With respect to illustrating the modifications of the software of computing systems to be attached to an ATM network, shown in FIG. 2 are computers 202, 204, 206, and 208 in which is illustrated the existence of ATM protocol network emulation service interface 112, which interfaces with LE Clients 212C, 214C, 216C, and 218C. LE Clients 212C, 214C, 216C, and 218C interface with ATM Network Node Interfaces 212NNI, 214NNI, 216NNI, and 218NNI. ATM Network Node Interfaces 212NNI, 214NNI, 216NNI, and 218NNI provide the mechanism by which LE Clients 212C, 214C, 216C, and 218C communicate by and through ATM Network Adapter Cards 212, 214, 216, and 218 with ATM Network Switches 222, 224, 226, and 228.
LE Clients 212C, 214C, 216C, and 218C are under the control of LES/BUS 210. Such LE Client under the control of LES/BUS 210 constitute an ELAN proper; accordingly, shown in FIG. 2 is line 220 demarking the boundary of the ELAN shown, which is composed of the LE Client 212C, 214C, 216C, and 218C under the control of LES/BUS 210.
When an application program running on computer 202 desires to communicate with another application running on another computer attached to the ELAN demarcated by line 220, computer 202 specifies the MAC address of that other computer and passes it to ATM protocol network emulation service interface 112. Subsequently, ATM protocol network emulation service interface 112 passes the MAC address to LE Client 212C. LE Client 212C determines, from the received MAC address, what LAN function is to be emulated (e.g., that communication with a computer on the emulated LAN is to be established).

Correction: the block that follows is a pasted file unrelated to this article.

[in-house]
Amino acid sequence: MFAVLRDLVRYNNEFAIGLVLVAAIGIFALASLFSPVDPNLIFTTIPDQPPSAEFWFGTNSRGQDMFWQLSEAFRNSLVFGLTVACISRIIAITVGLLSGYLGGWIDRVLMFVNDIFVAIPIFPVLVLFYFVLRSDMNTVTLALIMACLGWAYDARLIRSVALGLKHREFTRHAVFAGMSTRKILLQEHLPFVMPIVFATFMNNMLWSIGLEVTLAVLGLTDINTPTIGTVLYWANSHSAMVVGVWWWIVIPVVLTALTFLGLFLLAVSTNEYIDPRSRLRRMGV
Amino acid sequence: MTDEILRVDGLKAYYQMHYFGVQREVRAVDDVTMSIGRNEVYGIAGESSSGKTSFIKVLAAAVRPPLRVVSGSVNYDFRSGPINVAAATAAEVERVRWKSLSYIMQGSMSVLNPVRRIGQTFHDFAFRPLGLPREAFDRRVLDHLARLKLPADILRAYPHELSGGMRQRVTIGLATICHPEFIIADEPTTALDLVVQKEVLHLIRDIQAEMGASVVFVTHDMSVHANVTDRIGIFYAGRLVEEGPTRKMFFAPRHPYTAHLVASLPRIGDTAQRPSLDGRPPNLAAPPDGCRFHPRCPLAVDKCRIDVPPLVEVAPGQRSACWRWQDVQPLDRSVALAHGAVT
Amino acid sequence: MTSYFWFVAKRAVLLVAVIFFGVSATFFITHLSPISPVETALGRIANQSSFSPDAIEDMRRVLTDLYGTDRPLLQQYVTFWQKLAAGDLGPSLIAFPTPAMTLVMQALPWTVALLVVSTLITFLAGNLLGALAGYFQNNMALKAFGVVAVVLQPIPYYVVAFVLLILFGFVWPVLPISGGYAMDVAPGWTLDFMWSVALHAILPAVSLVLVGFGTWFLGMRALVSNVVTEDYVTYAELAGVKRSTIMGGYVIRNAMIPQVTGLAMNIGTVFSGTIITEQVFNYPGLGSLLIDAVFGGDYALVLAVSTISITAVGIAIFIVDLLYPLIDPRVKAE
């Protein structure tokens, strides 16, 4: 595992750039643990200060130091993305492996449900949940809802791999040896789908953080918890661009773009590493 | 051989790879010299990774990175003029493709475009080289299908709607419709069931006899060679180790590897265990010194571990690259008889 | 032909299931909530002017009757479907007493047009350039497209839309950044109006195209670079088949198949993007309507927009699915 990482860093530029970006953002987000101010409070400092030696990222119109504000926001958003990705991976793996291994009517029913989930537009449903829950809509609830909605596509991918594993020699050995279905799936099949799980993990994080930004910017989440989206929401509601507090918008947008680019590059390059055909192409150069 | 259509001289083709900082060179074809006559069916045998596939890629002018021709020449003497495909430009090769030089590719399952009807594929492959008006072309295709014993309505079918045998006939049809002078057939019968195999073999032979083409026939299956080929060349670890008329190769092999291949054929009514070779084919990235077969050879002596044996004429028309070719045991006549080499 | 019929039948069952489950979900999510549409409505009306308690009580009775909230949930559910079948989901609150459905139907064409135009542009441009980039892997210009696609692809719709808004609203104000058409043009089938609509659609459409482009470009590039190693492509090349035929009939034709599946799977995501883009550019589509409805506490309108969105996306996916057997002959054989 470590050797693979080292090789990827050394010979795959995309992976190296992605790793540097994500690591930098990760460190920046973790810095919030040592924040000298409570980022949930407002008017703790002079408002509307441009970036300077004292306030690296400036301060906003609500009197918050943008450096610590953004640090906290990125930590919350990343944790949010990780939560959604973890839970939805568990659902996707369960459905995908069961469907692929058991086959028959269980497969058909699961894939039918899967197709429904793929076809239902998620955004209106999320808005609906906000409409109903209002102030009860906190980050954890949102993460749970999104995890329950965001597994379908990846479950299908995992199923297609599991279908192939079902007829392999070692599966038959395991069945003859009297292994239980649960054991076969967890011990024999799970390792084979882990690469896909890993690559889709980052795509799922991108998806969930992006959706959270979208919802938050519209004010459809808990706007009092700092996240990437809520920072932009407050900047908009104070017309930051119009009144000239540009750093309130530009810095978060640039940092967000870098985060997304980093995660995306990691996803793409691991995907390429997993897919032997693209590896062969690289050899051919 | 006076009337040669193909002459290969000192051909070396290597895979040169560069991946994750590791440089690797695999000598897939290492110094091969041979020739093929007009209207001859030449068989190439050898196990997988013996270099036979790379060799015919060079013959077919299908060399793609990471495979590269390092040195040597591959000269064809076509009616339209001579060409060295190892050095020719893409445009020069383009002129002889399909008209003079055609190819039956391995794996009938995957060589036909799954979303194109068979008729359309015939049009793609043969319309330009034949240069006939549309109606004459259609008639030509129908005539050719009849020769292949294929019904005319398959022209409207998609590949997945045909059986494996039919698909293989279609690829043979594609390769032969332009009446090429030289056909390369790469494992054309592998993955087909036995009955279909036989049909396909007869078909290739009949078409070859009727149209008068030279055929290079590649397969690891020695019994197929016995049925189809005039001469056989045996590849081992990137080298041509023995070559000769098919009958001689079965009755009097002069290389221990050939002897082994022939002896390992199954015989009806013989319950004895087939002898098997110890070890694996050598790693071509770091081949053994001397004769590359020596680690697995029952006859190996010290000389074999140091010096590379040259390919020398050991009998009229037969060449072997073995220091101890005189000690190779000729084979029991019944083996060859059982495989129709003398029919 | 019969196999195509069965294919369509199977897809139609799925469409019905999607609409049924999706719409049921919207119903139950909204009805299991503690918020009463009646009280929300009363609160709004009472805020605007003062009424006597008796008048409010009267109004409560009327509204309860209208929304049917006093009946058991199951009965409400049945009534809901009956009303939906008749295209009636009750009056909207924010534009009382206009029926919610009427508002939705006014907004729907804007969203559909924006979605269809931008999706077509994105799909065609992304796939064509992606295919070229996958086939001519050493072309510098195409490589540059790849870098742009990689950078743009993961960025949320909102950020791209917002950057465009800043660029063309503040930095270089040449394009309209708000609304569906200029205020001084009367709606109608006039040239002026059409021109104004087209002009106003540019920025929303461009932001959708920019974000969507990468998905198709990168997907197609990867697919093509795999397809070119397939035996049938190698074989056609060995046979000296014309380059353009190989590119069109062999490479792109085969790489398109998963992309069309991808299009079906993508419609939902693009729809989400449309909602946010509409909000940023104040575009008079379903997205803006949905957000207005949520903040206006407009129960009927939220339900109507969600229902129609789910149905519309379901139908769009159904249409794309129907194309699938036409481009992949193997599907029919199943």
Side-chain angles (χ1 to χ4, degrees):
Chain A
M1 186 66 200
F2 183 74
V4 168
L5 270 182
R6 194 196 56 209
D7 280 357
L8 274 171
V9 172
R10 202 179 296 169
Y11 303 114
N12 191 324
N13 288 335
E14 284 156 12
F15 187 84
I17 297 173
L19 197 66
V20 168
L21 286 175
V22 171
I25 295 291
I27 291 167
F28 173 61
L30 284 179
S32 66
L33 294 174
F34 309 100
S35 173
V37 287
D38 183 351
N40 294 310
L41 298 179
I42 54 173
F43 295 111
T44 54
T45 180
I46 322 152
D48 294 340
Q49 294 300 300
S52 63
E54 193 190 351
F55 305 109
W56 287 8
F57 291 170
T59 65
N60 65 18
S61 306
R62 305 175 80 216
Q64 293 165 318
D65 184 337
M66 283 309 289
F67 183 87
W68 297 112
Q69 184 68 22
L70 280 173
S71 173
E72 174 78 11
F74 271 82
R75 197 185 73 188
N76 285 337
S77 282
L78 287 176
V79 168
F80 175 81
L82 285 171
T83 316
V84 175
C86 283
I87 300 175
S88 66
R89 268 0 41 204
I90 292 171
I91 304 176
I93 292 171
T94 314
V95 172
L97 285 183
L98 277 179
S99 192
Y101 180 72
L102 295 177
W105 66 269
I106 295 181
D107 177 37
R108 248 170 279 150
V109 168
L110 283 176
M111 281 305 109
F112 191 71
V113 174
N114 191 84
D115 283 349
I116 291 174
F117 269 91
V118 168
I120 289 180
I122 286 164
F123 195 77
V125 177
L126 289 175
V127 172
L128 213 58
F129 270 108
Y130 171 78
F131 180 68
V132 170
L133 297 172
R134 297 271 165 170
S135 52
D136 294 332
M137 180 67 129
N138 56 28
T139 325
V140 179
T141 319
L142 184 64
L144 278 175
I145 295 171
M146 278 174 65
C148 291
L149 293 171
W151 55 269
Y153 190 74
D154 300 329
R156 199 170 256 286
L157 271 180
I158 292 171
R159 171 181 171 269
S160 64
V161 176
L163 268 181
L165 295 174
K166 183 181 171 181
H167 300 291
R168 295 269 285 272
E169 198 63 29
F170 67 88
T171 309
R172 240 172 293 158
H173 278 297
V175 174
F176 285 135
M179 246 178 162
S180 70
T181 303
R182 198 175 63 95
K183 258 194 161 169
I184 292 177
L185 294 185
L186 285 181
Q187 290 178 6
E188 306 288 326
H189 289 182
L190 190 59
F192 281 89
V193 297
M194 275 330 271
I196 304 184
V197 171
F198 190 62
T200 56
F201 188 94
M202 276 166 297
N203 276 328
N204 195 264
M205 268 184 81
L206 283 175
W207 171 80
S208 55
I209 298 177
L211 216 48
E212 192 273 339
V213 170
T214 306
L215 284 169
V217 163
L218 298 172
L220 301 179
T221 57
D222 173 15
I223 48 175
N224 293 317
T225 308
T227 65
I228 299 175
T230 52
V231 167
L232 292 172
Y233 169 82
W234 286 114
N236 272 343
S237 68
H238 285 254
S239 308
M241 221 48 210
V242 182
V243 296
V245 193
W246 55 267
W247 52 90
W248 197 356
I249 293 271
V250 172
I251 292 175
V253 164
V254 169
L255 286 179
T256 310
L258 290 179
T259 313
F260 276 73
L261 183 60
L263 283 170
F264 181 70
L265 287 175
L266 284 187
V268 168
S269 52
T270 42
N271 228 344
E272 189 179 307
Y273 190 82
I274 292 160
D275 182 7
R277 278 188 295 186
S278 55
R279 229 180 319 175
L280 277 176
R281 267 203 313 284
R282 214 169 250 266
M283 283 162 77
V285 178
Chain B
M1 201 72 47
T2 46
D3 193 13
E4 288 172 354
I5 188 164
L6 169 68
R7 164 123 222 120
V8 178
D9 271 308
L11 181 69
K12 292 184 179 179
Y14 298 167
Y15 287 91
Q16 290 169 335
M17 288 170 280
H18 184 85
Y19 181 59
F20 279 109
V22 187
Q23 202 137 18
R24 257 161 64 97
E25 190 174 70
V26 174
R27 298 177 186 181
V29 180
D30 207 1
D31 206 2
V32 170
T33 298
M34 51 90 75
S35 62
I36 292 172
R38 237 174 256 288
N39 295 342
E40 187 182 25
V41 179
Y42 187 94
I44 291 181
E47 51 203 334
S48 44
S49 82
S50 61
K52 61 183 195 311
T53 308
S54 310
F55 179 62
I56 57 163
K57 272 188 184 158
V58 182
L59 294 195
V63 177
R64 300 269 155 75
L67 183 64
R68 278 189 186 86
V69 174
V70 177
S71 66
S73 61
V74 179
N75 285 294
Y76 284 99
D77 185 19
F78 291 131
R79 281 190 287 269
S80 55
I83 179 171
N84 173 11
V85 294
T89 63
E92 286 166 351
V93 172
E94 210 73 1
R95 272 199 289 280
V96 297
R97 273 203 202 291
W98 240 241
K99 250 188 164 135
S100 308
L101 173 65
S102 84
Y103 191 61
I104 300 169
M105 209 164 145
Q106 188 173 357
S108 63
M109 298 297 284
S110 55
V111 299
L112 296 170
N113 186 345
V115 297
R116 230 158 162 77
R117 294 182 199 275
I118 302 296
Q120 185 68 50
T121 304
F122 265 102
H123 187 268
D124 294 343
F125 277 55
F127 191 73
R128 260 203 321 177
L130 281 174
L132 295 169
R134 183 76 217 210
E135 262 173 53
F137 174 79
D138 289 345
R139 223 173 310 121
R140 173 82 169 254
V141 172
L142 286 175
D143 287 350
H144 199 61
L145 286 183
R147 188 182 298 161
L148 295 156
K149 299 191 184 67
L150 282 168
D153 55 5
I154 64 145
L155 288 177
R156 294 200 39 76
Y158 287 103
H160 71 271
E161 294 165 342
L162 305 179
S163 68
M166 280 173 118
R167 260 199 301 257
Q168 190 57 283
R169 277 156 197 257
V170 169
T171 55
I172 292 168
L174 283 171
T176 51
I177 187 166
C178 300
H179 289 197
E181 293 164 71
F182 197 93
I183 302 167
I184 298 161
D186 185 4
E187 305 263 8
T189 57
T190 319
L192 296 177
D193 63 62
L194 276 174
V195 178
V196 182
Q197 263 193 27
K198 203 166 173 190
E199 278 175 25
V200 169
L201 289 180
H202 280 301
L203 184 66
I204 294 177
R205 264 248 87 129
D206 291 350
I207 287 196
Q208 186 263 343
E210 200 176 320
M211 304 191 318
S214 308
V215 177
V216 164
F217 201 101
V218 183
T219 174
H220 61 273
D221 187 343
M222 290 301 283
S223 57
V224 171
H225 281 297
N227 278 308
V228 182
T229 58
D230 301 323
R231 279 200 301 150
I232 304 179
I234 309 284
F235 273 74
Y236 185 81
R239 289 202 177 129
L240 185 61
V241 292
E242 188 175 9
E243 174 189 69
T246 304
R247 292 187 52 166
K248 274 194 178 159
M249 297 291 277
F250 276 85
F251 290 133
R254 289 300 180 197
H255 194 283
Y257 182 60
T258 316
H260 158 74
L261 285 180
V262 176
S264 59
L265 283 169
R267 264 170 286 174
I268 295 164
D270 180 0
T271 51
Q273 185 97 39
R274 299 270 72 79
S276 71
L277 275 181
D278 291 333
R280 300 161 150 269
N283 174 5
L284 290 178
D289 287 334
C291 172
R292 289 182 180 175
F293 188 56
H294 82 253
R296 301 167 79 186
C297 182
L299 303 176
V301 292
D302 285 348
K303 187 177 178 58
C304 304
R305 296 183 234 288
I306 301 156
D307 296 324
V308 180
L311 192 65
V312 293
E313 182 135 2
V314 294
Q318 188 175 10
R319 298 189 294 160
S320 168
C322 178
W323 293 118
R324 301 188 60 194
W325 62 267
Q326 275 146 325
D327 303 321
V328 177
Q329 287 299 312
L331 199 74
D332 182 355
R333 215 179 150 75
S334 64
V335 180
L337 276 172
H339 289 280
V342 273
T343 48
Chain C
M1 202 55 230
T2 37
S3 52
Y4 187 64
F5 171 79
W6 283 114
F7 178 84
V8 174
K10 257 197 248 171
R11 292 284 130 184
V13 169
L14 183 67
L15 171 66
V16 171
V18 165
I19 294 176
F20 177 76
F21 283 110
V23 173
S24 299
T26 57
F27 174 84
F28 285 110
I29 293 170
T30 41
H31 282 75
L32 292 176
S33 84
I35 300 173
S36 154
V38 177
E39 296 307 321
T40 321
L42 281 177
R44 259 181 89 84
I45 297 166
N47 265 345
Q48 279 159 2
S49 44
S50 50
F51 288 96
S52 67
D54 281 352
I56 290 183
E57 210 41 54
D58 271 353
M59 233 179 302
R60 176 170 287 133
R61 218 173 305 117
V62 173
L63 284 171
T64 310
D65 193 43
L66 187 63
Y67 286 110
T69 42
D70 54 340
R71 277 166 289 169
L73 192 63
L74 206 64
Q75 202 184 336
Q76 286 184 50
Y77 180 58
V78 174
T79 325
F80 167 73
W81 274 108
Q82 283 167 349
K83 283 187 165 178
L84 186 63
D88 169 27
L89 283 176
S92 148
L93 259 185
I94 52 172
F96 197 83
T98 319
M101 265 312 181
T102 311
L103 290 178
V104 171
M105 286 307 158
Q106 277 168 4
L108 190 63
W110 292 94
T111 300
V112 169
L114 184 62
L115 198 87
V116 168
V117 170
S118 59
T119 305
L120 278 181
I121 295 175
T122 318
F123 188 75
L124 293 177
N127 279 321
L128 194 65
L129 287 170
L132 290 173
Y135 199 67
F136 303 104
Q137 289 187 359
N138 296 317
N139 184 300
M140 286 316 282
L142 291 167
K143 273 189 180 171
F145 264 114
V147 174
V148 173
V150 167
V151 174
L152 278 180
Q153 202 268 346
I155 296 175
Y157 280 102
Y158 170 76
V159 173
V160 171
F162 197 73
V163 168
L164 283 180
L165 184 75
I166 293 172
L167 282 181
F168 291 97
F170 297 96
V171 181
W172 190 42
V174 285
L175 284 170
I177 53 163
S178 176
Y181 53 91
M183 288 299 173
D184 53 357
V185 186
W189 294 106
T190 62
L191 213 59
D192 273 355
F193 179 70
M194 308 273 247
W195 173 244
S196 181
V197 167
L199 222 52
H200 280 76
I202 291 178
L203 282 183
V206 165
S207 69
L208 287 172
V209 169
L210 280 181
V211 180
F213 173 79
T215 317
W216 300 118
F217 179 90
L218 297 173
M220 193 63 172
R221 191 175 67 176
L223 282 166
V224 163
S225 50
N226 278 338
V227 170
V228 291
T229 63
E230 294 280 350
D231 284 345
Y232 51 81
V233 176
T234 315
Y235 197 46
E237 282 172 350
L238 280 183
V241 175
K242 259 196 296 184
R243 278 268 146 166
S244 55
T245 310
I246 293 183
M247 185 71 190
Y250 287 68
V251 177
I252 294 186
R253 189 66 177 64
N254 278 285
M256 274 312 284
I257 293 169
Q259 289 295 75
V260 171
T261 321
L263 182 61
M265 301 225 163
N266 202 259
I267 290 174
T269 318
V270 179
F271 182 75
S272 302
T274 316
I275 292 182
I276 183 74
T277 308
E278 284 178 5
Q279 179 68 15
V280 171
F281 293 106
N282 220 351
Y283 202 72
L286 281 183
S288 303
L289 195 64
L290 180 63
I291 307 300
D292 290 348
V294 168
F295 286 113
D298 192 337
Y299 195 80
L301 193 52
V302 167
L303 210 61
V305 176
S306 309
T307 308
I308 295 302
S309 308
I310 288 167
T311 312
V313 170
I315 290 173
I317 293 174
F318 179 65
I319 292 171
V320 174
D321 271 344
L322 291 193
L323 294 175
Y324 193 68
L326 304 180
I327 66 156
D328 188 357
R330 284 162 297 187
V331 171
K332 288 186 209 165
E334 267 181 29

Subsequently, LE Client 212C via ATM protocol, queries LES 210 as to the ATM address of the device wherein the computer identified by the MAC address is located. This operation is known in the art as Lan Emulation Address Resolution Protocol (LE-- ARP) Request.
In response to the LE-- ARP Request, LES 210 consults its look up table (those in the art will recognize that a look up table is just one of the ways in which such could be accomplished) and responds with the ATM protocol network address wherein the LE Client associated with the MAC address resides. This operation is known in the art as LE-- ARP Response.
Subsequent to receiving the ATM protocol address, LE Client 212 encapsulates the data utilizing appropriate ATM protocol and sends it to the correct LE Client associated with the MAC address. The receiving LE Client, upon receipt of such data, then strips off the ATM protocol and delivers the data to the destination computer, through ATM protocol network emulation service interface 112, in standard local area network protocol format. Subsequent ELAN communications proceed in much the same logical fashion. Thus, insofar as higher level applications running on computers 202, 204, 206, and 208 are concerned, they are connected into a standard service interface of a standard Local Area Network, and the fact that the underlying network is in fact an ATM protocol network is completely transparent, and hence of no consequence, to applications of computers 202, 204, 206, and 208 utilizing the emulated LAN.